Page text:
English Verb-Particle Constructions

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Lately I've been thinking about "optionality" as it relates to syntactic alternations. (In)famous cases include complementizer deletion ("I know that he is here" vs. "I know he is here") or embedded V2 in Scandinavian. For now let's consider the English verb-particle construction. The relative order of the particle and the object is "optional" in cases such as the following:

1a) "John picked up the book"
1b) "John picked the book up"

Either order is usually acceptable (with the exception of pronoun objects — although those too become acceptable under a focus reading…)

1c) "John put it back"
1d) *"John put back it"

For something like (1a) and (1b) the semantic interpretation seems largely the same, and so the "optionality" refers to the grammar allowing the generation of more than one syntactic variant. In practice however, even if multiple syntactic arrangements are permitted only one can actually be produced at a given time in a given context. Acceptability judgments tend to be more delicate or varied than would be desired here. So if we'd like to investigate what factors govern the production of one form (particle-first) over another (object-first) we may examine the overall rates of use of either variant in a corpus under different conditions. Much has been written about these sorts of phenomena, including particle placement in particular (Stefan Gries has written a whole book on the topic), yet technical constraints often limit the scope of such investigations.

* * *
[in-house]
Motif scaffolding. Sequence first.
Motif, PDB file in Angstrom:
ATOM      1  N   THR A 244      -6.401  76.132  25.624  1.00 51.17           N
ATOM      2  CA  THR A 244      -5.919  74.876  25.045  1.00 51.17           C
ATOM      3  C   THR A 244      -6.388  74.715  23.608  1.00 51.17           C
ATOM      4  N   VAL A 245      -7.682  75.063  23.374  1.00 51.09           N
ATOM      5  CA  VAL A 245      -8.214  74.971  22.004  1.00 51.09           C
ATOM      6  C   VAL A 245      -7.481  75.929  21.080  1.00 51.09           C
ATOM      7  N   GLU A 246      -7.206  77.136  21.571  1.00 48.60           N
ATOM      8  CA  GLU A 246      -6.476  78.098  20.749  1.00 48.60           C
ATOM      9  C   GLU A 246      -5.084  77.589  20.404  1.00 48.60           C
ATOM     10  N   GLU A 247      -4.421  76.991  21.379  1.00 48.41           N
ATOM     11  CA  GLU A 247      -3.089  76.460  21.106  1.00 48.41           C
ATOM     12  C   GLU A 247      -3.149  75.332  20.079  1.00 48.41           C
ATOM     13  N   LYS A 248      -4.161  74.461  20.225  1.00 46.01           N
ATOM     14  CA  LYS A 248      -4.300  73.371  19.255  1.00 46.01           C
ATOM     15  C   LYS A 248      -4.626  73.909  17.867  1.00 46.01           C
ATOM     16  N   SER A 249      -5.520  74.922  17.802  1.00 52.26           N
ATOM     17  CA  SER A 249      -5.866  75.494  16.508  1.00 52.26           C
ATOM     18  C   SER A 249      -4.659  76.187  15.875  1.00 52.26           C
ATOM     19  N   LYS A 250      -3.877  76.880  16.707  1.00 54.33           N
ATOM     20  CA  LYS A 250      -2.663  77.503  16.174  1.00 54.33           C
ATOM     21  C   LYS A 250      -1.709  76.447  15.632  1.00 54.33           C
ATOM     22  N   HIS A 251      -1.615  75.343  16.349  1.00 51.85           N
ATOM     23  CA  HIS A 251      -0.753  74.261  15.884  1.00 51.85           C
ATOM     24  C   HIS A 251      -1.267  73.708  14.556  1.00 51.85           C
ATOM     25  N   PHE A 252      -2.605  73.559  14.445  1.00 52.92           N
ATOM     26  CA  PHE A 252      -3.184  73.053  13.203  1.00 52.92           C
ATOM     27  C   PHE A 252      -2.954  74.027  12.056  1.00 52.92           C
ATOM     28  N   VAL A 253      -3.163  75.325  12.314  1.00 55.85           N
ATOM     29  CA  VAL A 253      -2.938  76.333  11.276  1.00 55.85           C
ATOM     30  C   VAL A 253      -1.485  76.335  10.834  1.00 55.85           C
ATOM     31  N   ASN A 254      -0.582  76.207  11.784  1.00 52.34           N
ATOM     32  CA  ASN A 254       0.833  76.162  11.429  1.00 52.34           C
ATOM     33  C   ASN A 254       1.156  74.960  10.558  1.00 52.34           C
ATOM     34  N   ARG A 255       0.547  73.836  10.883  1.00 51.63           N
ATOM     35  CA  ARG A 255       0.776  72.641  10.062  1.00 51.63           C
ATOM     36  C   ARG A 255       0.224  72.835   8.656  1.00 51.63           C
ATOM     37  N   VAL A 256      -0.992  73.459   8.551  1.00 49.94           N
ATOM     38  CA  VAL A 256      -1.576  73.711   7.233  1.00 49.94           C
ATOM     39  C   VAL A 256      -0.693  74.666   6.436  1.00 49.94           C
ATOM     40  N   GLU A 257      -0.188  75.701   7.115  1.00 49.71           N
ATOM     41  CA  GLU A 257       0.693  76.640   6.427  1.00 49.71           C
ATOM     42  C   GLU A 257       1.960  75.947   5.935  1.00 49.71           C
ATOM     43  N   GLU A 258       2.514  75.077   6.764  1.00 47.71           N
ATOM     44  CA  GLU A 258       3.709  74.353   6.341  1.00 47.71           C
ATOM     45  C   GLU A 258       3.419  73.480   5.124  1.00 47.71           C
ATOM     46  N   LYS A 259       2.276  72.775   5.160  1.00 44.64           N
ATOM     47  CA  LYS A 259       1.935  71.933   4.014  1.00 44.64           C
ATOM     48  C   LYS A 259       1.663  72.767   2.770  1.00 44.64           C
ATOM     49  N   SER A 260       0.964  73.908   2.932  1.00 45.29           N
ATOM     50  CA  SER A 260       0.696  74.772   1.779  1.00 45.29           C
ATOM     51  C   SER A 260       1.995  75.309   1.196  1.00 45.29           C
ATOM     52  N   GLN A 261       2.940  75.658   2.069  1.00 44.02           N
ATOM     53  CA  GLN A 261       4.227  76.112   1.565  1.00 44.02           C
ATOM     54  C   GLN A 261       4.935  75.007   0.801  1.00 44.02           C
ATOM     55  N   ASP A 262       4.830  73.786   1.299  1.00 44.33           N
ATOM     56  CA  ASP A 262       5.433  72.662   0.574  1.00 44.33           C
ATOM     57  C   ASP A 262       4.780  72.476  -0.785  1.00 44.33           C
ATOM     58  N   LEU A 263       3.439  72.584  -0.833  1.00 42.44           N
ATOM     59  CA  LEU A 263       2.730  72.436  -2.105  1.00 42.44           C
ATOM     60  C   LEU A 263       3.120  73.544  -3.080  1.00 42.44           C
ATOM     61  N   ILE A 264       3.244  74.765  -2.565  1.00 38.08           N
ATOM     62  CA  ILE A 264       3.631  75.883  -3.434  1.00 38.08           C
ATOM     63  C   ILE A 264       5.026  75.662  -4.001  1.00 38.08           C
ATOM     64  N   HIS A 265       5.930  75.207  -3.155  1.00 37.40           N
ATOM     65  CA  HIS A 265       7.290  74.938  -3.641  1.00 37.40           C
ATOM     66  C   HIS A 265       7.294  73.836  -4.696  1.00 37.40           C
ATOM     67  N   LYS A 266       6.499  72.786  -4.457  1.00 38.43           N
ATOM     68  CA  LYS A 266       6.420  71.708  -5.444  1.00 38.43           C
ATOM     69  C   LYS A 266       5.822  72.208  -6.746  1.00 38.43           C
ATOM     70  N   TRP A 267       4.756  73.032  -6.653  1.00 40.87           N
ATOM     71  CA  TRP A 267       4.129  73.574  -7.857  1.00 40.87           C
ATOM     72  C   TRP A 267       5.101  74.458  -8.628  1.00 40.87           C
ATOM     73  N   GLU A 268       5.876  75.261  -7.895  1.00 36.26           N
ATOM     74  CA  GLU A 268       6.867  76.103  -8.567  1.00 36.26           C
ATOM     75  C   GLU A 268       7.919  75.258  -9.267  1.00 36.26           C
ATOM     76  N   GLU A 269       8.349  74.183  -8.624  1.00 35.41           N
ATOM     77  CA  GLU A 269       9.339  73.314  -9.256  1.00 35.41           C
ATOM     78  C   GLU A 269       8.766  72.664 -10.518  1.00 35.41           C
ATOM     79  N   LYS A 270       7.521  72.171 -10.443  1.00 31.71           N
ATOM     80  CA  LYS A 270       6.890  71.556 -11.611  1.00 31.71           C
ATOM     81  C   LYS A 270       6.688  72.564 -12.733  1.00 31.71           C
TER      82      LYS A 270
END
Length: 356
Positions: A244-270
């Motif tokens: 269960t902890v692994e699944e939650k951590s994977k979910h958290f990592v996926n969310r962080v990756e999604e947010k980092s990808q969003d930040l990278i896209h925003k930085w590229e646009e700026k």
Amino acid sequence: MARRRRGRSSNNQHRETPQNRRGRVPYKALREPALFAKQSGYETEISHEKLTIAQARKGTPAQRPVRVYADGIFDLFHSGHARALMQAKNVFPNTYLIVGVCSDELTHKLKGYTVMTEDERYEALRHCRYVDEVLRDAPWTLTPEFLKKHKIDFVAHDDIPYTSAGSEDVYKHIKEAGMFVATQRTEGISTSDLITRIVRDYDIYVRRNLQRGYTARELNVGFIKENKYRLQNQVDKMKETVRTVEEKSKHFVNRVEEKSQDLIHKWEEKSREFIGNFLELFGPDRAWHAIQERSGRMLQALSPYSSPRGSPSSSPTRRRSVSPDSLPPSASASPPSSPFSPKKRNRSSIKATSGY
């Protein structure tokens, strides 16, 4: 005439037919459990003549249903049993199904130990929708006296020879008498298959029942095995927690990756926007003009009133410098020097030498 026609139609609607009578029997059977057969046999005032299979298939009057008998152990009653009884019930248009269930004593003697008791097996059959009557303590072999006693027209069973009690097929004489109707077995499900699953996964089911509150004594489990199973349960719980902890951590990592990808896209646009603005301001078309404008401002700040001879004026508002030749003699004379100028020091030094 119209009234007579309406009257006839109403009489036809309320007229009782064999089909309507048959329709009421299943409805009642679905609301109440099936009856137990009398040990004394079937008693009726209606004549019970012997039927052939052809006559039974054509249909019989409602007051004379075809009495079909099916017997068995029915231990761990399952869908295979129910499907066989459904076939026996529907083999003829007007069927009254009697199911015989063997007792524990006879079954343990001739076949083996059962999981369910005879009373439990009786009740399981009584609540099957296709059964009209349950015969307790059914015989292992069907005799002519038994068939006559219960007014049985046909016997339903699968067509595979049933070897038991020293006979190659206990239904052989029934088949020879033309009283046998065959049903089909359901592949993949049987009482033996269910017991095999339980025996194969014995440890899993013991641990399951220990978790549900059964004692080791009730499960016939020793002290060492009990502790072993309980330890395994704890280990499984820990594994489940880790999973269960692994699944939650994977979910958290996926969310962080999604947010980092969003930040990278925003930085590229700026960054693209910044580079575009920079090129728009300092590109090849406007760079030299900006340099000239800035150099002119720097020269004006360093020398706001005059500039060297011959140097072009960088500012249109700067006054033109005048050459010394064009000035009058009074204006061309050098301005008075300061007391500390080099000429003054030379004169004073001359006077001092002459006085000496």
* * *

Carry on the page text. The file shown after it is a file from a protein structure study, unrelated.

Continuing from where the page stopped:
For instance, two factors which have been found to correlate with/against particle-first order are the heaviness of the DP-object (heavy objects tend to follow the particle), and whether or not the object had been recently referred to in context (discourse familiar objects tend to precede the particle). Stefan finds these effects over a few hundred sentences, but because the space of lexical combinations is so large there's simply not way to control for word-level effects which may be co-variate to NP-heaviness of discourse familiarity.

To get around this I wrote a script which extracts instances of verb-particle constructions from the spoken portion of COCA and tags them for particle-order. This requires a few hand-written heuristics so as not to erroneously include prepositional phrases whose order is in fact not option (e.g. "Walk down the path" is possible but not *"Walk the path down"), but nothing too technically involved. Overall, I find a particle-first rate of approximately 60% over a very large sample of roughly 50,000 such sentences. This is in line with previous work dating all the way back to the late 1970's on this topic. However, if we zoom into rates within various predicates, things appear far more varied on a lexical level. Below is a plot showing the rates of particle-first order for the twelve most frequent verbs (each verb appearing in a few thousand sentences in my sample.) The red vs. blue colors simply represent the particle-first ratio being below/above 50%.